From his younger days he showed a strong passion for scientific research. The seeds of the ‘would-be’ genius were planted in right earnest. In 1876 he made the epoch-making discovery of anthrax bacilli, their sporulation, life cycle etc., after examining numerous samples of infected material, skin and hides, meat, etc.
Scientist Robert Koch’s colleagues in this study were Julius Fredrich Cohnheim (1839-84) and Carl Weigert (1840-1904). He consulted the renowned botanist of his times, F. Cohn and got the study approved by him.
Scientist Robert Koch was doing animal experiments on mice infected with anthrax; examined their blood and other tissues.
By 1877 Koch developed techniques of fixing smears, staining for bacteria and invented the hanging drop method of observing microorganisms. He demonstrated strepto – and staphylo-cocci as causes of wound infections in 1878.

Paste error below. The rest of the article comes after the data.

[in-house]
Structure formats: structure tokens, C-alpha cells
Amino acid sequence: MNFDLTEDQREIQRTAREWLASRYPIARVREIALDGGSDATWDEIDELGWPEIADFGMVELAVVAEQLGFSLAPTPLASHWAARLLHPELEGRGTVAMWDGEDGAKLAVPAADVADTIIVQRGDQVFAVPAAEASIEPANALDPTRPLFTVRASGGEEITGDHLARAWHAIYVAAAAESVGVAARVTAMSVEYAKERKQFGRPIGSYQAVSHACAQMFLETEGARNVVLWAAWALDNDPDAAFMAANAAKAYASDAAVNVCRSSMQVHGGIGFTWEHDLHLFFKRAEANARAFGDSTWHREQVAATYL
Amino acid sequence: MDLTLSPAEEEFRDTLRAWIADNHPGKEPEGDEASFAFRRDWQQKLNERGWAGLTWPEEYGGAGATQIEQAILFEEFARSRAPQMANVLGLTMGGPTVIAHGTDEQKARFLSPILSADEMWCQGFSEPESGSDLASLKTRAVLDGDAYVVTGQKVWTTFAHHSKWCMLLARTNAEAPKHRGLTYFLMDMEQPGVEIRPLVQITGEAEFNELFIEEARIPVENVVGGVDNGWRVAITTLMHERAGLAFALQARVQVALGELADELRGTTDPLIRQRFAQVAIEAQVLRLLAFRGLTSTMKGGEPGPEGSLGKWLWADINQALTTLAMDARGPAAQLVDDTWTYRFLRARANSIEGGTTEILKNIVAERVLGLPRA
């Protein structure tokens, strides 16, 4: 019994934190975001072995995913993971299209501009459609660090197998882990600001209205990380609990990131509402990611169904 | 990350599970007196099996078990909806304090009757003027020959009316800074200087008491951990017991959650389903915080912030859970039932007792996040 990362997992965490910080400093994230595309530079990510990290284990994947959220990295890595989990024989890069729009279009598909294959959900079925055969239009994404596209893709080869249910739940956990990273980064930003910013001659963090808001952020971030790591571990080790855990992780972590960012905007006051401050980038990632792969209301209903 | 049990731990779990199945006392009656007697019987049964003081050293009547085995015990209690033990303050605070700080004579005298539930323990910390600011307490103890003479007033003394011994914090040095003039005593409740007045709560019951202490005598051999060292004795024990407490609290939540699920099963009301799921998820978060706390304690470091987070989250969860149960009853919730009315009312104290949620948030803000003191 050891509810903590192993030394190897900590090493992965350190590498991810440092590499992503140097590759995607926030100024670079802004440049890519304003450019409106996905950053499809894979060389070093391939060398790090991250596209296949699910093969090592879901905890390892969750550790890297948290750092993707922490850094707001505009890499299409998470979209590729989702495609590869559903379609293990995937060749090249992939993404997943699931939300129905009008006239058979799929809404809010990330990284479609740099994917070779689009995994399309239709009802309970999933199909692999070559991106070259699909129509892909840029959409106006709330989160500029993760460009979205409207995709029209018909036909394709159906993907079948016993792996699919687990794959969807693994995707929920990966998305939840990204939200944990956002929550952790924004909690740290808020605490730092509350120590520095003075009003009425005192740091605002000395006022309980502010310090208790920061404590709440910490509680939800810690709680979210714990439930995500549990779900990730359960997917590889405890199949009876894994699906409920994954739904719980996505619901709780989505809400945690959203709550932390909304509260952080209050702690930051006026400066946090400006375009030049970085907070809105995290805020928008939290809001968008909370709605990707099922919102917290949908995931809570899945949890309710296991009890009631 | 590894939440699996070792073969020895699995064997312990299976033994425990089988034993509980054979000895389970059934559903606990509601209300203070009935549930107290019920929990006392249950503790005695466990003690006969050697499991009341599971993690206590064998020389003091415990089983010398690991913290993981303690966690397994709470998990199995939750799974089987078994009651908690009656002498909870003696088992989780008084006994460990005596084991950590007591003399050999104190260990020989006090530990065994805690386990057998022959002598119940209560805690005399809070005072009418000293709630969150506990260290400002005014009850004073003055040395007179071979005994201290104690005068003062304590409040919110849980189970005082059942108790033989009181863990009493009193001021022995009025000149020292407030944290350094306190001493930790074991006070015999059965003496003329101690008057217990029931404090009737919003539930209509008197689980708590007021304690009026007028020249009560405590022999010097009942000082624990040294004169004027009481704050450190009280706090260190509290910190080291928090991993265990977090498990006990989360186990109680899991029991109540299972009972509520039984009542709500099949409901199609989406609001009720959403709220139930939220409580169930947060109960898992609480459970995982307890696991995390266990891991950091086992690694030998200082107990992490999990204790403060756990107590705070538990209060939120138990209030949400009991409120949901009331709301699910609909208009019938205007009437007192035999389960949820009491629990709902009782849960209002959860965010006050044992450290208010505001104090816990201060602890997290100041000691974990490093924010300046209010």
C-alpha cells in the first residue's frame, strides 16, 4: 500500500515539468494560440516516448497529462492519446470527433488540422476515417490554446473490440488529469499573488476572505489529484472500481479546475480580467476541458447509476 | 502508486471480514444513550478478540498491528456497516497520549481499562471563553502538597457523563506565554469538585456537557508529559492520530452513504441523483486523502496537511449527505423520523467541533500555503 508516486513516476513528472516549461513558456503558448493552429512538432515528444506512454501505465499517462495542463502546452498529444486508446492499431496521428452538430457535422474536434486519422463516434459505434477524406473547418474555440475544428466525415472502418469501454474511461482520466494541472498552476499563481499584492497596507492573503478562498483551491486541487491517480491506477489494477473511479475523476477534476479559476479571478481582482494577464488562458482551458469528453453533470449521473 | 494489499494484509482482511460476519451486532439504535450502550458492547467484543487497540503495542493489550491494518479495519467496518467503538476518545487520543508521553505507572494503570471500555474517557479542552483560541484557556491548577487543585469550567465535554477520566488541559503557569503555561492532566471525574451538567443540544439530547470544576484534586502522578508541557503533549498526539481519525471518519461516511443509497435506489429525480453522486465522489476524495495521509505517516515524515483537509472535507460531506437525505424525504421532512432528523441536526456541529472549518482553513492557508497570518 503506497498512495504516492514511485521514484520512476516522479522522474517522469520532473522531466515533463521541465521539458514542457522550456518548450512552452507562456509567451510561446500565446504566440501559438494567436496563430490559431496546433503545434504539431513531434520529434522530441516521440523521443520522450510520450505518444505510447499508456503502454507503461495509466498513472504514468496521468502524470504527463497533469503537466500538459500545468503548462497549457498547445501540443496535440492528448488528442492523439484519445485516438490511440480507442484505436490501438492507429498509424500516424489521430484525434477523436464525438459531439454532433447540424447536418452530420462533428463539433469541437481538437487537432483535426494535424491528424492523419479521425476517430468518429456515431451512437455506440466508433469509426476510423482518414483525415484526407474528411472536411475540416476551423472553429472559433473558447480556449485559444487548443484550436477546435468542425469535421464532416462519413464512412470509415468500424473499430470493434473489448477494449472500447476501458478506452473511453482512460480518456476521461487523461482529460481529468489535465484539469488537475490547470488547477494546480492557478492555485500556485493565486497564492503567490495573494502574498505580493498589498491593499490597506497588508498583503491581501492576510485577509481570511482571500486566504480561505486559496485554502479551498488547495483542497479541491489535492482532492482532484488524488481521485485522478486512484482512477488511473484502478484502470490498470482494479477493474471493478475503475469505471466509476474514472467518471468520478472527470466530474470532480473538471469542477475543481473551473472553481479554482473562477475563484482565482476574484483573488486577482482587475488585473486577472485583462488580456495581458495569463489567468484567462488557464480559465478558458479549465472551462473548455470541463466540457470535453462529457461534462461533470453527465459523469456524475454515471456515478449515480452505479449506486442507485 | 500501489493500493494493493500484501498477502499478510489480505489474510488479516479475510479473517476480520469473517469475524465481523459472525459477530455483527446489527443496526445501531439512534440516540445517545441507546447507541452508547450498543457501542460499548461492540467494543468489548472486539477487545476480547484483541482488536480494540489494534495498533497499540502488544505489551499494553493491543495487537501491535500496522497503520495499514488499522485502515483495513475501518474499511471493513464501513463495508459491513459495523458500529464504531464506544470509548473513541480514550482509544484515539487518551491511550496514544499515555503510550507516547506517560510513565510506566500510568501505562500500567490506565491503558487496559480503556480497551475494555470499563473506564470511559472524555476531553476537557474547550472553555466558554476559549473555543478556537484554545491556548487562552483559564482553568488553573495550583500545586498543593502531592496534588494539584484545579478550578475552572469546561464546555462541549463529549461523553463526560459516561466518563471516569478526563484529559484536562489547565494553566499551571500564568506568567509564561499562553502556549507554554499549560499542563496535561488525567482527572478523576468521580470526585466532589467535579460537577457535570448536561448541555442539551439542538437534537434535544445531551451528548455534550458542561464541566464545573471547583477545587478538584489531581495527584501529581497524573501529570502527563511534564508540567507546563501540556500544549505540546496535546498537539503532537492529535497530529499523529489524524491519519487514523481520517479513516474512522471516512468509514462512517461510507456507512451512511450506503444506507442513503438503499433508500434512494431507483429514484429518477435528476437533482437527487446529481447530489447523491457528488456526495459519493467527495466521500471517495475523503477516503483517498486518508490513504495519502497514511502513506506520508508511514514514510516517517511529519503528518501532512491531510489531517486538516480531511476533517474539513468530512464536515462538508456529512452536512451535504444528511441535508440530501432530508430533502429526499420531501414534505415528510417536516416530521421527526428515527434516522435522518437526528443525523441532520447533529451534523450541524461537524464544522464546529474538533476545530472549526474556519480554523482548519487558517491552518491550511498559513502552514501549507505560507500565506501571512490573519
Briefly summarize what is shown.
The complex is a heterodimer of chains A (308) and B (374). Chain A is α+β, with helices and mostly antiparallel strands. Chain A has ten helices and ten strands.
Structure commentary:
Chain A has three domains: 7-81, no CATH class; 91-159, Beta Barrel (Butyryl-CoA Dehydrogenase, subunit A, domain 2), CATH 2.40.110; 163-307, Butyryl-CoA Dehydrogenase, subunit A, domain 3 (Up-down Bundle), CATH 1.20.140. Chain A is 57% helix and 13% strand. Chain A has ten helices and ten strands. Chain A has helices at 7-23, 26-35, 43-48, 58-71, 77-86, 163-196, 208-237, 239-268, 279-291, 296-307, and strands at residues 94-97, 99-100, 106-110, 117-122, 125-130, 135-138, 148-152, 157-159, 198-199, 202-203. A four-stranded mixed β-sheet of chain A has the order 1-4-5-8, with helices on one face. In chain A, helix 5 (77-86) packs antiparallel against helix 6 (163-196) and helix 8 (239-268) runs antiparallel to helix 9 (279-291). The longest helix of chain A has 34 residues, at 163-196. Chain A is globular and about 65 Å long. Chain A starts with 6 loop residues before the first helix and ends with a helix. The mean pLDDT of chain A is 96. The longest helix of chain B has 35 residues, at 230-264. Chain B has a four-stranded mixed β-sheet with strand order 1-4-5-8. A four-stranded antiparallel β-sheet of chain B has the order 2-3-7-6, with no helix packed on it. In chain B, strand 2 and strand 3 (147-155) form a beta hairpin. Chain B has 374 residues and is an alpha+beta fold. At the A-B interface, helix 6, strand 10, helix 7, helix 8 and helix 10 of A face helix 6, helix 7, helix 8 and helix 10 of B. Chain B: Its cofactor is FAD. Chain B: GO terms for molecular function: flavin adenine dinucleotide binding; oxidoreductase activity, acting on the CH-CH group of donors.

Scientist Robert Koch was appointed in the Imperial Health Office in Berlin in 1880. He demonstrated his solid media for the first time in the first International Medical Conference in 1881.
Louis Pasteur who was 20 years older than Robert Koch praised him, “C’est un grand progress,” though Koch harboured animosity with his in-born anti-French feelings towards Pasteur (loc.cit).
In the epidemiology of tuberculosis, Koch was distressed to observe the worldwide ravages of the disease. As the situation was expressed in those times, one in seven used to die of tuberculosis on a world average; in 1840s one in four was succumbing to the disease in France.
Scientist Koch was perturbed as well as stimulated by this horrid scene and was incessantly on the search for the causative agent of tuberculosis.